10 Signs of Stress in Tropical Fish - PetHelpful - By fellow animal lovers and experts
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10 Signs of Stress in Tropical Fish

Eric is an aquarium enthusiast with over two decades of experience caring for a wide array of tropical fish.

Signs of stress in fish can tell you when something is wrong in your aquarium.

Signs of stress in fish can tell you when something is wrong in your aquarium.

How do you recognize stress in fish?

Fish exhibit a range of behaviors that indicate their mood and health. How they swim, react to other fish, and behave around food can tell you a lot, as can their physical appearance. There are many specific things to watch out for, and you’ll learn about them in this article.

One of my top pieces of advice when it comes to fish care is to make your aquarium as stress-free as possible. That means choosing the right tank, stocking compatible fish, and learning how to manage your aquarium.

But we all make mistakes, and when things go wrong in your tank, your fish will be the first to let you know. Sometimes the cause isn’t so obvious, though.

So, how can you tell if a fish is stressed?

10 Signs of Stress in Fish

Here is a list of the ten most common signs of stress for aquarium fish.

  1. Glass surfing
  2. Flitting around the tank
  3. Excessive hiding
  4. Changes in appearance
  5. Constantly chasing other fish
  6. Fin deterioration
  7. Loss of appetite
  8. Rubbing against gravel or decorations
  9. Gasping near the water surface
  10. Persistent disease

Here is a closer look at each of these issues, one at a time.

Glass Surfing

Unlike in their wild habitats, the fish in your tank have nowhere to go when they are unhappy. They can’t leave when water conditions are poor or when another fish is giving them grief.

When some fish are stressed, they exhibit a behavior known as glass surfing. This is when a fish swims up and down the sides of the tank glass for hours on end. It is restless, and it wants to get the heck out of there.

Almost anything that causes stress can lead to glass surfing, so consider it a general sign that something is wrong in the tank. To figure out what is going on, you will have to do a little investigation. Consider all the causes of stress listed near the end of this article and rule them out one by one.

Flitting Around the Tank

Startled fish can injure themselves by running into aquarium decorations or glass. Some fish will even jump right out of the tank when they get scared. There a couple of reasons this might happen.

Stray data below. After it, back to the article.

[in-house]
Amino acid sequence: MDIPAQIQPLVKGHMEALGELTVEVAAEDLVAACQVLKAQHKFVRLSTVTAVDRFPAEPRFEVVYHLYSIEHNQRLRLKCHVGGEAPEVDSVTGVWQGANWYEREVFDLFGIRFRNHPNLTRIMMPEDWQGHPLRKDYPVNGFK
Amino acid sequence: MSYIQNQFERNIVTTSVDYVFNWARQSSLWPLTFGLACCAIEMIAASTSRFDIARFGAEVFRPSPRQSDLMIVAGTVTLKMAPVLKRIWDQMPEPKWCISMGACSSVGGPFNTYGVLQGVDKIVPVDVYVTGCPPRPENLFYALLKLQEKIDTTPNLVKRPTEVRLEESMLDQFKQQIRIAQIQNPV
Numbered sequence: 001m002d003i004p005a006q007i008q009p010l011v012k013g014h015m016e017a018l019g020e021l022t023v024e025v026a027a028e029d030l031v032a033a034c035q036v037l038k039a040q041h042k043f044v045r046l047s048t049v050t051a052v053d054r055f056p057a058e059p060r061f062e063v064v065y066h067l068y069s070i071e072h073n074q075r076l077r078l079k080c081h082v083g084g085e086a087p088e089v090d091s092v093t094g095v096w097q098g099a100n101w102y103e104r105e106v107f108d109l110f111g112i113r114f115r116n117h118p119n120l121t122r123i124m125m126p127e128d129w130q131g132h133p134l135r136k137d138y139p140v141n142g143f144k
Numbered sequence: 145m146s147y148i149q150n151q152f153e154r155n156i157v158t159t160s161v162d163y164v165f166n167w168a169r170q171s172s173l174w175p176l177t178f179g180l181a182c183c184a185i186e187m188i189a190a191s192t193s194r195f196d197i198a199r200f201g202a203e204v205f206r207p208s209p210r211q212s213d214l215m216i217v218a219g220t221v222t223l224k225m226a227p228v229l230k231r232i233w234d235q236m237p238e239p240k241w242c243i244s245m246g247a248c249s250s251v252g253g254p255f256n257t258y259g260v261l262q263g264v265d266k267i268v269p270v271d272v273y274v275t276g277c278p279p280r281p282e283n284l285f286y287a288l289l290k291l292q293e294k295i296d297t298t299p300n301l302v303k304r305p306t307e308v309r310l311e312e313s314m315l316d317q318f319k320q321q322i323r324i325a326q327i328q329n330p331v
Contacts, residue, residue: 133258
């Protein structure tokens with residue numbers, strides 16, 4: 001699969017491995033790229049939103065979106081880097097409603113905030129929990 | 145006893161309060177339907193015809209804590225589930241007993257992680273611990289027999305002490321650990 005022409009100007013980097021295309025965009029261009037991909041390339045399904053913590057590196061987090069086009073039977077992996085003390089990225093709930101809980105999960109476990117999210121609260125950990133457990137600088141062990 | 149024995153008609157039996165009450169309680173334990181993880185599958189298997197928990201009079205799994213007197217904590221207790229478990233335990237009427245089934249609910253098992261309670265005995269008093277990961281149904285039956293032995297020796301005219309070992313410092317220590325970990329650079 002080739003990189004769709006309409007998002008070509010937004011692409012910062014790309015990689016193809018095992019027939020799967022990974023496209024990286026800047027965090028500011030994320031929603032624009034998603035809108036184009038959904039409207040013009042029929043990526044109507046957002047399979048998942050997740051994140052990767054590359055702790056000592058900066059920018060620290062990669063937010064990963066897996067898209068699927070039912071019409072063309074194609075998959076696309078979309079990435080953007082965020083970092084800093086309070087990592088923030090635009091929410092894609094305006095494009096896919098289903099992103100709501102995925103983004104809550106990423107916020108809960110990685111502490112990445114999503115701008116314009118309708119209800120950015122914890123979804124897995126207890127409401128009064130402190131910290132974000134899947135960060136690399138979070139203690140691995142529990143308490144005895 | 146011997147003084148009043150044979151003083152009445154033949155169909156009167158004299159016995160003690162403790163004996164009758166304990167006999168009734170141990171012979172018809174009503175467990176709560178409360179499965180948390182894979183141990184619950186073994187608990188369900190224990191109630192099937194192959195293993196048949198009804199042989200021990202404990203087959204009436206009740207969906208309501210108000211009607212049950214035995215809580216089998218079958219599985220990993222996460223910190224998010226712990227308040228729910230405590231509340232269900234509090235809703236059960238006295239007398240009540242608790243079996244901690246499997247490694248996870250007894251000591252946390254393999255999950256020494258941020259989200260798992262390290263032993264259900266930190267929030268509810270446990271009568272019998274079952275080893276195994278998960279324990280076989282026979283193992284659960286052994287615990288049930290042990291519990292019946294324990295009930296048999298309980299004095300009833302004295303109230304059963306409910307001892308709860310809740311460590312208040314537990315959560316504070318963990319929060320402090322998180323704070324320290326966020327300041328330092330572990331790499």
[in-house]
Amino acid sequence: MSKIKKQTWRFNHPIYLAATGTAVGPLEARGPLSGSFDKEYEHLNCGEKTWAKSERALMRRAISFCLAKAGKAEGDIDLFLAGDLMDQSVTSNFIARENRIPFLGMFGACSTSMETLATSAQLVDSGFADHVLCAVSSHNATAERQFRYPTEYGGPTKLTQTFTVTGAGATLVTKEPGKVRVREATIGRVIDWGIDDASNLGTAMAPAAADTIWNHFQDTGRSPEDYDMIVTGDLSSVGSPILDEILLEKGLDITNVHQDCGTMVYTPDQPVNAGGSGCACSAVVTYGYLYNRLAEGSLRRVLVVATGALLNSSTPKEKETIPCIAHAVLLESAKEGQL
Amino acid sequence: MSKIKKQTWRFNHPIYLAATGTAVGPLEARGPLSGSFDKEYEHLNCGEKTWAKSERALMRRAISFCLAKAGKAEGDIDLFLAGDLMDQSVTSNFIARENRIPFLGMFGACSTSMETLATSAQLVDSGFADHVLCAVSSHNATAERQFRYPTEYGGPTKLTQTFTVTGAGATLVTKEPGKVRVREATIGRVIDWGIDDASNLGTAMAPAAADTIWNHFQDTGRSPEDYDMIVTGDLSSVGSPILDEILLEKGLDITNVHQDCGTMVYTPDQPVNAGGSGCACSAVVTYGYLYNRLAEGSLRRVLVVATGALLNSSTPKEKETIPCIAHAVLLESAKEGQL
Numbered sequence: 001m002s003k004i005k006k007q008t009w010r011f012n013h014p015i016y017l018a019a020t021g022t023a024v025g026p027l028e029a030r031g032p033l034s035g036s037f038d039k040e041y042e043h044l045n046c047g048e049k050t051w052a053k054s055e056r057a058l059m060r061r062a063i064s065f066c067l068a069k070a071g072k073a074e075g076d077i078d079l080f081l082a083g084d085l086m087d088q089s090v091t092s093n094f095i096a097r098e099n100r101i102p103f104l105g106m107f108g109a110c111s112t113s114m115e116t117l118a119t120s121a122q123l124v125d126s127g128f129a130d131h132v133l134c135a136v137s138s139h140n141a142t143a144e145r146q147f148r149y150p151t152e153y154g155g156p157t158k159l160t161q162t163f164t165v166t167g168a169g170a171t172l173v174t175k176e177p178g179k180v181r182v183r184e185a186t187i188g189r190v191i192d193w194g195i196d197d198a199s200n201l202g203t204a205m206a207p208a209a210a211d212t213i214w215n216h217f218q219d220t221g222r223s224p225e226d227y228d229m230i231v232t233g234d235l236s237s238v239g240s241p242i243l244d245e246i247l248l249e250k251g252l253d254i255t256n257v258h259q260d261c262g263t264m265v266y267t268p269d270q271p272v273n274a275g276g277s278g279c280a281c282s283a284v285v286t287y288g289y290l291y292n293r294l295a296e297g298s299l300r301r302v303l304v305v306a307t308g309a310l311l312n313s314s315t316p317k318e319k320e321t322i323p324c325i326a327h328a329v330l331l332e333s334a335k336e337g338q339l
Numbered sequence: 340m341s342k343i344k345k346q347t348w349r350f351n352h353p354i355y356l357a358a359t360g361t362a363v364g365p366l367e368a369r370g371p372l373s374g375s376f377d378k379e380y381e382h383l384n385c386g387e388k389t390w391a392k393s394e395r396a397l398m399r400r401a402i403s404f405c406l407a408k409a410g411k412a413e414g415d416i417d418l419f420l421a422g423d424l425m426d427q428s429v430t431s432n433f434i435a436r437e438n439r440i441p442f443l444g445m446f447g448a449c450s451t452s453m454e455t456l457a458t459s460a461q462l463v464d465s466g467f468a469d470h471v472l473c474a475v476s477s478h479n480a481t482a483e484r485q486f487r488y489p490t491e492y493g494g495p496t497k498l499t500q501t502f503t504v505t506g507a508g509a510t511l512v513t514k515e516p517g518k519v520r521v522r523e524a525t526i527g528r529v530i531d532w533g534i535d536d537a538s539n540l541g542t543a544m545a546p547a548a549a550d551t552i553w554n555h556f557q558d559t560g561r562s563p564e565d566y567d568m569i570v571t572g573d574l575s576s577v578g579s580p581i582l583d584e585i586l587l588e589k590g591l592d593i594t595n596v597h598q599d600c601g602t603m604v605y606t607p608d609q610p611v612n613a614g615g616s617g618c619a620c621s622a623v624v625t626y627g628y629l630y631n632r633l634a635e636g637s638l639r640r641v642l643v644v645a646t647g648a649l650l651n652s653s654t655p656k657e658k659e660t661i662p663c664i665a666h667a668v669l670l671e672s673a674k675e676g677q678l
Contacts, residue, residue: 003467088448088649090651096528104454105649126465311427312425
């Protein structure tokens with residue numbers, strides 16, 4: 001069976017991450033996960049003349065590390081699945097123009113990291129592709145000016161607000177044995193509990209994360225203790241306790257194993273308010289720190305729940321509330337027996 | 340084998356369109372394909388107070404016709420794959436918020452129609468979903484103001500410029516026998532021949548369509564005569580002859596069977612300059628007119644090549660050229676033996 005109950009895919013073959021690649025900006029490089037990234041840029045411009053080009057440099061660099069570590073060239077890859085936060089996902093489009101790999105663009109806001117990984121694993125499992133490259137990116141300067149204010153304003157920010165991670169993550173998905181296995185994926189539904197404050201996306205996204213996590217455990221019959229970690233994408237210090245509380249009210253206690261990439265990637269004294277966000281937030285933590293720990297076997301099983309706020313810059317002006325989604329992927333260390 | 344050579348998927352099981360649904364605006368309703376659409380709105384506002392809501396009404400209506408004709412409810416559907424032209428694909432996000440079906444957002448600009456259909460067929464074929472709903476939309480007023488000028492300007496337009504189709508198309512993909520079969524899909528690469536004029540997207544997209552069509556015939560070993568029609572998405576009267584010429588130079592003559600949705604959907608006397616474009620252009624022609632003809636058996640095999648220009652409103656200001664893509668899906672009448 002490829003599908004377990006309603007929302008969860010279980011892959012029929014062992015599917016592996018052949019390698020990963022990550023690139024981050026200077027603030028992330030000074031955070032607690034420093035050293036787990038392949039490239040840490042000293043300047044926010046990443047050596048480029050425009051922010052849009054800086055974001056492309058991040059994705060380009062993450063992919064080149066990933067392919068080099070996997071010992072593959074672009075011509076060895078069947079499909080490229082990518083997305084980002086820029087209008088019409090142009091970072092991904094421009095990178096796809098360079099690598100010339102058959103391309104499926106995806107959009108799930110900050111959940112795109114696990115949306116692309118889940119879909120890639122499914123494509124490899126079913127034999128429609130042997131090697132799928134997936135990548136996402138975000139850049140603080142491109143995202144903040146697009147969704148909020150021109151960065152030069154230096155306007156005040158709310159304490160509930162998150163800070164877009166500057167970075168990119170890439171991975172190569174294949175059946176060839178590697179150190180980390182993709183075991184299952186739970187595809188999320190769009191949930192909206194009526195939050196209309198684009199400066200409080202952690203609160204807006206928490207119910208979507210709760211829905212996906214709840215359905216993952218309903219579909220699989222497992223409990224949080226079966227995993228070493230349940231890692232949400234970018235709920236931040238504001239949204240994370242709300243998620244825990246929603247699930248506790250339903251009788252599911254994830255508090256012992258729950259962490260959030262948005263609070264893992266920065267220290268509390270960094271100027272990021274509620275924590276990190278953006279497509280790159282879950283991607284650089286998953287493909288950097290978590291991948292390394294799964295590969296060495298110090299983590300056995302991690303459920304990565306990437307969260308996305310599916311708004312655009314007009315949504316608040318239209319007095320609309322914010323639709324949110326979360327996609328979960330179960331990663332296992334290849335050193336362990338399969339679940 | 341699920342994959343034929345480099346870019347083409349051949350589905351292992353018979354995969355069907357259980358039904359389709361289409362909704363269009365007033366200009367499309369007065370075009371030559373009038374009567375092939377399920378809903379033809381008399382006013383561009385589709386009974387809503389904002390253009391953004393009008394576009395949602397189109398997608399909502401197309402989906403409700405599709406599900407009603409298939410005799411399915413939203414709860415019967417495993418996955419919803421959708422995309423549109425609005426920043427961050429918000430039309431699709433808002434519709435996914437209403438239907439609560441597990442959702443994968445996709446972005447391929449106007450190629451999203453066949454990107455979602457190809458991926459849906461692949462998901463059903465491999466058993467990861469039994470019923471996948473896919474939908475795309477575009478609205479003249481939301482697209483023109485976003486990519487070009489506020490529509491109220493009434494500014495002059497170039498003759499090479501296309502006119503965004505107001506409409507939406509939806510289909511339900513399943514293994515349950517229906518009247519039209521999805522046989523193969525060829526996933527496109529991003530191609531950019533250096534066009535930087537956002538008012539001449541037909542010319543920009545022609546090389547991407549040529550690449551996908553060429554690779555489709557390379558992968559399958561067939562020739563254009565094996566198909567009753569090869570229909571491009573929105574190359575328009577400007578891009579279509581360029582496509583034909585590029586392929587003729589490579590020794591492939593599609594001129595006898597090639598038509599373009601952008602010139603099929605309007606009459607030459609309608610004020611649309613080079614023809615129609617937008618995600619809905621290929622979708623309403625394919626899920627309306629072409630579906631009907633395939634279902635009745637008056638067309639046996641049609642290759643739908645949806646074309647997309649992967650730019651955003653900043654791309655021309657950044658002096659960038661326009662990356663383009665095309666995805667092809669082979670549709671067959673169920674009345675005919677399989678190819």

Some fish are just skittish. This is especially true of schooling fish, and if you stock them you need to think about the kinds of things that might freak them out. Big fish that can eat them may scare them, as might fast-moving fish that dart around the tank.

It is important to stock fish that are compatible, not only so they don’t harm each other but also so they don’t stress each other out.

Another cause might be you! Did you place your aquarium where there is a lot of human activity? Are people always pressing their noses up against the glass or tapping on it? These things can create stressed fish that are always on the verge of fight or flight.

When angelfish become stressed they may swim erratically.

When angelfish become stressed they may swim erratically.

Excessive Hiding

It is normal for fish to seek places in the tank where they can feel safe. Some fish species such as catfish hide more than others, and some hide at certain times of the day or night.

However, if you notice a fish you wouldn’t expect to hide tucked away in a corner of your tank all the time, this is a good sign that something is wrong.

Stressed fish hide when they feel threatened. This might be because of aggressive tank mates, or it might be because they share a tank with another dominant member of their species. Watch for other fish chasing them when they come out of hiding and you might better understand the problem.

Fish may also hide because they are injured. Again, this could be because of an aggressive tank mate, but it also could be because they scraped against a sharp decoration or another object in your tank.

Changes in Appearance

Extreme stress can have a terrible effect on fish. Those that are bullied or harassed by others in the tank can experience physical changes. Fish don’t have a lot of weight to lose, but when under constant duress they may look as though they are wasting away.

It’s awful, and if you have ever seen this happen to a fish, you will never forget it. Obviously, the result is premature death.

Colorful fish can also lose their luster when stressed. Bright fish become duller. With betta fish, their faces and jaws turn a light grayish color when they are stressed.

Colorful fish like neons may become duller when they are stressed.

Colorful fish like neons may become duller when they are stressed.

Constantly Chasing Other Fish

Stress goes both ways in a fish tank. When fish are bullied, it is very stressful for them, but it is stressful for the bully, too.

Some fish are considered semi-aggressive. They may be territorial, and some just don’t like smaller, quicker fish darting around them all the time. Some don’t like others of the same sex. Some don’t like others of the same species.

Whatever the reason, if you stock them with fish that stress them out, you may see them chasing the other fish away all the time.

That situation is stressful for everyone. In fact, it is even stressful for other fish in the tank that have nothing to do with the interaction. Aquariums should be calm, peaceful habitats, not battlegrounds.

This is why it is so important that you research and understand the needs of every fish you stock.

Fin Deterioration

Fin rot is an affliction where a fish’s fins gradually deteriorate. In the worst cases, it can spread to the body of the fish. It’s a bacterial infection, and it is nasty, but it is also very preventable.

Poor water conditions are often to blame, especially when fit rot affects betta fish who live in small tanks. Their tanks become polluted, the infection sets in, and their fins deteriorate. This kicks off a kind of stress cascade where it becomes harder for them to recover, even after you correct the issues that led to the fin rot.